News Climate Change and Nature

New study links a high meat diet to more diseases than previously thought, including diabetes and heart disease

The findings add to existing evidence that diets high in red meat are associated with some cancers, and furthers the case for action from government to make lower meat diet choices easier. 

The study, by a team at the University of Oxford, monitored data from almost 475,000 adults for 25 major causes of non-cancerous hospital admissions. Participants completed a questionnaire which assessed their dietary habits (including meat intake), after which they were followed-up for an average period of eight years.

Overall, participants who consumed unprocessed red meat and processed meat three or more times per week were more likely than low meat-eaters to smoke, drink alcohol, have overweight or obesity, and eat less fruit and vegetables, fibre, and fish.  

However, after taking these factors into account, the results indicated that:

- Eating high levels of both unprocessed red meat and processed meat was associated with higher risks of ischaemic heart disease, pneumonia, diverticular disease, colon polyps, and diabetes.

- Those that consumed 70g per day less red meat and processed meat had a 15% lower risk of ischaemic heart disease and a 30% lower risk of diabetes.

- Eating a lot of poultry was associated with higher risk of gastro-oesophageal reflux disease, gastritis and duodenitis, diverticular disease, gallbladder disease, and diabetes.

- Eating 30g less poultry per day was associated with a 17% lower risk of gastro-oesophageal reflux disease and a 14% lower risk of diabetes.

- Most of these risks were reduced if body mass index (BMI, a measure of body weight) was taken into account, suggesting that policy interventions should focus on overall health, good diet and exercise, as well as on cutting meat consumption.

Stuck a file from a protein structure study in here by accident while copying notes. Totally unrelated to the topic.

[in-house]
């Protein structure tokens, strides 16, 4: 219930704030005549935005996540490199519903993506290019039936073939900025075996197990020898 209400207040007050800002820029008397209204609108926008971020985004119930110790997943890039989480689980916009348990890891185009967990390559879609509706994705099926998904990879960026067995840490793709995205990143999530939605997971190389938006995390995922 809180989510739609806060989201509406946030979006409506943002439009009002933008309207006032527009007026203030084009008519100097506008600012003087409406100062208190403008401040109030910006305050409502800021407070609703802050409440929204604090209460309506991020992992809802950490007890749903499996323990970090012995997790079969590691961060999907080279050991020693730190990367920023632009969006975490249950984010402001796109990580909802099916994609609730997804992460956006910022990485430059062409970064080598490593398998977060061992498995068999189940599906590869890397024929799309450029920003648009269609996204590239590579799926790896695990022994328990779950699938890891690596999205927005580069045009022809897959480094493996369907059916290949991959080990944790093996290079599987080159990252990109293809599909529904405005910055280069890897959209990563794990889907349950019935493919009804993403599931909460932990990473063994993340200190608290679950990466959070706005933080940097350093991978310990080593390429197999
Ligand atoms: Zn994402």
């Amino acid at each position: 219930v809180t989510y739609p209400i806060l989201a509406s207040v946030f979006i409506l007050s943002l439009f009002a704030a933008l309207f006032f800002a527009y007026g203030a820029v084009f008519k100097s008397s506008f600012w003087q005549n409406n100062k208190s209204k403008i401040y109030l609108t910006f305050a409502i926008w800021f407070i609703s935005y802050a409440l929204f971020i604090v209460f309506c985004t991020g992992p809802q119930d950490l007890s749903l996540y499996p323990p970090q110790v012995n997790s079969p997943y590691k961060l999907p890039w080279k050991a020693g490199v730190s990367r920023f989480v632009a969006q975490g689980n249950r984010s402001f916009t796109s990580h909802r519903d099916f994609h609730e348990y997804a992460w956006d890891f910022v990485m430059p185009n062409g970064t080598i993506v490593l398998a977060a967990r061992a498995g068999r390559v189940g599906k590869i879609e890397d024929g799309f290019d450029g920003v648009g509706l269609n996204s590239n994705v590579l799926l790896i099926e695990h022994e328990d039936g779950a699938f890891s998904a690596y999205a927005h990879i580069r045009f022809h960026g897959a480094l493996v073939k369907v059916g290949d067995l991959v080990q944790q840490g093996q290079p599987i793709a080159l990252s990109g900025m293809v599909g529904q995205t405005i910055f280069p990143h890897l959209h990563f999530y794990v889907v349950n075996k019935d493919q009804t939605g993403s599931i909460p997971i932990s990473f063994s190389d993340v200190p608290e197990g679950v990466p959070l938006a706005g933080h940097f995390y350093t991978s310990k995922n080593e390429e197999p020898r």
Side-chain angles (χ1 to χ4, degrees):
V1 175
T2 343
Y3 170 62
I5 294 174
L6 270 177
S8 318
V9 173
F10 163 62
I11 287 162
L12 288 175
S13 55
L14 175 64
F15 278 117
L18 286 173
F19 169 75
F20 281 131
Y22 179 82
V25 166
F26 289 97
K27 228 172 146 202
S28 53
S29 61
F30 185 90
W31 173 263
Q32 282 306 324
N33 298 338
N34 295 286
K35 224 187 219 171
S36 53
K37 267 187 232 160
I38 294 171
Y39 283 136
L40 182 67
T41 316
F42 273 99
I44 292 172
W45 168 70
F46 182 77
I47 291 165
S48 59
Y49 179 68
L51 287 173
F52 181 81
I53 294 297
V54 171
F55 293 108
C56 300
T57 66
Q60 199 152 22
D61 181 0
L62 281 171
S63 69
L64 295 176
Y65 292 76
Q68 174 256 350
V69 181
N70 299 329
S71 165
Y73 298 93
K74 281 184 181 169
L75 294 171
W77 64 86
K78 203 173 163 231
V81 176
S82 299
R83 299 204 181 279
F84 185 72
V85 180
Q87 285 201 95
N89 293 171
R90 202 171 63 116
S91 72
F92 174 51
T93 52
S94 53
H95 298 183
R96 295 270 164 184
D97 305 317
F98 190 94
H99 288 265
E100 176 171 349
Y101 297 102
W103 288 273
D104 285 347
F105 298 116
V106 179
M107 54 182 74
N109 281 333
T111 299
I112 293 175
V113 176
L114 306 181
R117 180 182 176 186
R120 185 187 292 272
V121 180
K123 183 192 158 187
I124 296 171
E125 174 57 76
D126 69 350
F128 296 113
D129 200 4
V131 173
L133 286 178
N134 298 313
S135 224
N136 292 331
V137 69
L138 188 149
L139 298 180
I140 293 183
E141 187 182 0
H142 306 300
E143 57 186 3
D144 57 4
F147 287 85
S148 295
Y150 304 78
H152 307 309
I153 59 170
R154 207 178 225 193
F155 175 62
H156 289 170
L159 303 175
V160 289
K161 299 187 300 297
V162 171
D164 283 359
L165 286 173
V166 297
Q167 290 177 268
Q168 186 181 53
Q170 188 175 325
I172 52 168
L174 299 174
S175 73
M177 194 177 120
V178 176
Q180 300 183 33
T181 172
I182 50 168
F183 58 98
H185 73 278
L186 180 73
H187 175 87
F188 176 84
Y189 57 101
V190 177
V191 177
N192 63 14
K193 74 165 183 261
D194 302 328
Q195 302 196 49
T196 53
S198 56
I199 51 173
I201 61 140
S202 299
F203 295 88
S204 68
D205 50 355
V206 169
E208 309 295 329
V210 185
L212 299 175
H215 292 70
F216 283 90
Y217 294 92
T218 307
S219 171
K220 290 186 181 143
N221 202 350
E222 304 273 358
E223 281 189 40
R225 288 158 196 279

- Higher intakes of unprocessed red meat and poultry were associated with a lower risk of iron deficiency anaemia. The risk was 20% lower with every 50g higher per day intake of unprocessed red meat and 17% lower with every 30g higher per day intake of poultry meat. A higher intake of processed meat was not associated with the risk of iron deficiency anaemia.

Lead author Dr Keren Papier, from the Nuffield Department of Population Health at the University of Oxford, said:

‘We have long known that unprocessed red meat and processed meat consumption is likely to be carcinogenic and this research is the first to assess the risk of 25 non-cancerous health conditions in relation to meat intake in one study. Additional research is needed to evaluate whether the differences in risk we observed in relation to meat intake reflect causal relationships, and if so the extent to which these diseases could be prevented by decreasing meat consumption. The result that meat consumption is associated with a lower risk of iron-deficiency anaemia, however, indicates that people who do not eat meat need to be careful that they obtain enough iron, through dietary sources or supplements.’


Ruth Westcott,  climate and nature emergency coordinator at Sustain, said:

'Evidence is mounting that eating a lot of meat is bad for our health and the planet. The government must face up to the fact that they have a big role in our diets, and make it easier to make good choices including serving less and better meat across public procurement, restricting advertising of junk food, and making seasonal, agro-ecologically grown fruit and veg and non-meat proteins more acessible and affordable.

Not all meat is created equal and if you are cutting down for your health and the planet, switch to organic, free-range and pasture fed to support farming which is more nature-friendly, with better animal welfare and less antibiotics.'

The World Cancer Research Fund recommends that people should limit red meat consumption to no more than three portions per week (around 350–500g cooked weight in total), and processed meat should be eaten rarely, if at all. Sustain is exploring how a cap on meat served in public sector institutions might fit within this limit, to improve our health and address the environmental crisis, with the remaining meat to be sourced from sources determined to be 'better', ie organic, RSPCA Assured, free range, LEAF Marque or Pasture for Life. 

Take a look at Sustain's work on the Climate and Nature Emergency

Published Tuesday 2 March 2021

Climate Change and Nature: Sustain has taken a keen interest in the rapidly accumulating evidence about the effect of food and farming on climate change and nature, as scientific evidence emerges that our food system is a very significant contributor to greenhouse gas emissions and biodiversity loss.

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